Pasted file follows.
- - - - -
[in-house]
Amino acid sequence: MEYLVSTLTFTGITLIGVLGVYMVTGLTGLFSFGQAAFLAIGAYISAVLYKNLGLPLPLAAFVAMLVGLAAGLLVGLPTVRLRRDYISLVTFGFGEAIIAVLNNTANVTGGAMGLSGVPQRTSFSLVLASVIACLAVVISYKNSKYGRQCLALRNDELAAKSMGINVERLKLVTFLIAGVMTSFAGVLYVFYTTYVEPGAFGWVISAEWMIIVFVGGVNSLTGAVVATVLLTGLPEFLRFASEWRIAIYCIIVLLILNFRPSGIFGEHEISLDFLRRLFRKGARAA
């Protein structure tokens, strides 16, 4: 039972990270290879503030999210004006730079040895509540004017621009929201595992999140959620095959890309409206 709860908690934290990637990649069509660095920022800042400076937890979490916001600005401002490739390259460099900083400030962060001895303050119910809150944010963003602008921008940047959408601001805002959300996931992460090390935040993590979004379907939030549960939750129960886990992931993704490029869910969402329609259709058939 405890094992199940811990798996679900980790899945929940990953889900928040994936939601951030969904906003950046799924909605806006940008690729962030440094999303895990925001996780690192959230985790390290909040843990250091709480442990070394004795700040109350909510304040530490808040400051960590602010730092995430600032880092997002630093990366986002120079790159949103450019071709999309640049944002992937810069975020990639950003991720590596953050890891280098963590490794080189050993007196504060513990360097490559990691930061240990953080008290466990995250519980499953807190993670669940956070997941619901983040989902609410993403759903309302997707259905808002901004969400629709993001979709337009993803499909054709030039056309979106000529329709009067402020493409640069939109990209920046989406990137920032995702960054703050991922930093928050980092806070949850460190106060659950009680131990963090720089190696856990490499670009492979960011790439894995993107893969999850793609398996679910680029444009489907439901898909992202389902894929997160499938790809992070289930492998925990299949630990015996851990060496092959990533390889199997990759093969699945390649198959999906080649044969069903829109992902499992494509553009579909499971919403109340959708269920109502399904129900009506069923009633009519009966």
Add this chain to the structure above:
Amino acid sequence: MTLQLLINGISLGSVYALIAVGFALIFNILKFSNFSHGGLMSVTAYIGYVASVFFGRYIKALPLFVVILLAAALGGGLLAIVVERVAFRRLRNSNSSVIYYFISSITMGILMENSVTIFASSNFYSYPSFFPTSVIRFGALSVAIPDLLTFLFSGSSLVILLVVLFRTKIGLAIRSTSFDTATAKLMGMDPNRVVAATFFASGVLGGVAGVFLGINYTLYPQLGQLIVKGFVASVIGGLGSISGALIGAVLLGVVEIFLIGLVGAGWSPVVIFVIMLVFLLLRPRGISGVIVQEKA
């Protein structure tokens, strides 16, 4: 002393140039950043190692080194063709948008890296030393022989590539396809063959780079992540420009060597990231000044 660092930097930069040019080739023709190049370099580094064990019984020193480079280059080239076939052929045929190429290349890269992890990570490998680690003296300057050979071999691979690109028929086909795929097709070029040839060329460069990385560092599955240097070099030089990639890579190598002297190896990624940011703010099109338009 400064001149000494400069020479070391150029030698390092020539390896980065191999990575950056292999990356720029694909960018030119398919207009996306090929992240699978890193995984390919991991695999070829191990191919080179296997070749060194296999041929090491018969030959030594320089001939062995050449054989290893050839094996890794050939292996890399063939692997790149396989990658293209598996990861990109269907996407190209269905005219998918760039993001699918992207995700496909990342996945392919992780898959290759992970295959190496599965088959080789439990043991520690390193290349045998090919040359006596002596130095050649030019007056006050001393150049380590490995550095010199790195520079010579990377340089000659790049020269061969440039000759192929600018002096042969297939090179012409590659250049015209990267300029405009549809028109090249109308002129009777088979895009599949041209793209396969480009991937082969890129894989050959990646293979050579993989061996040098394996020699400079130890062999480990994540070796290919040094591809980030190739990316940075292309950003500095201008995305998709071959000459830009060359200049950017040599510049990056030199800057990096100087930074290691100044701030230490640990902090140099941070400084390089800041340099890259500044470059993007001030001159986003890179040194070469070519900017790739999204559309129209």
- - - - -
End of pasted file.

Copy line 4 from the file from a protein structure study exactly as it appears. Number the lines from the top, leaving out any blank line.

Add this chain to the structure above: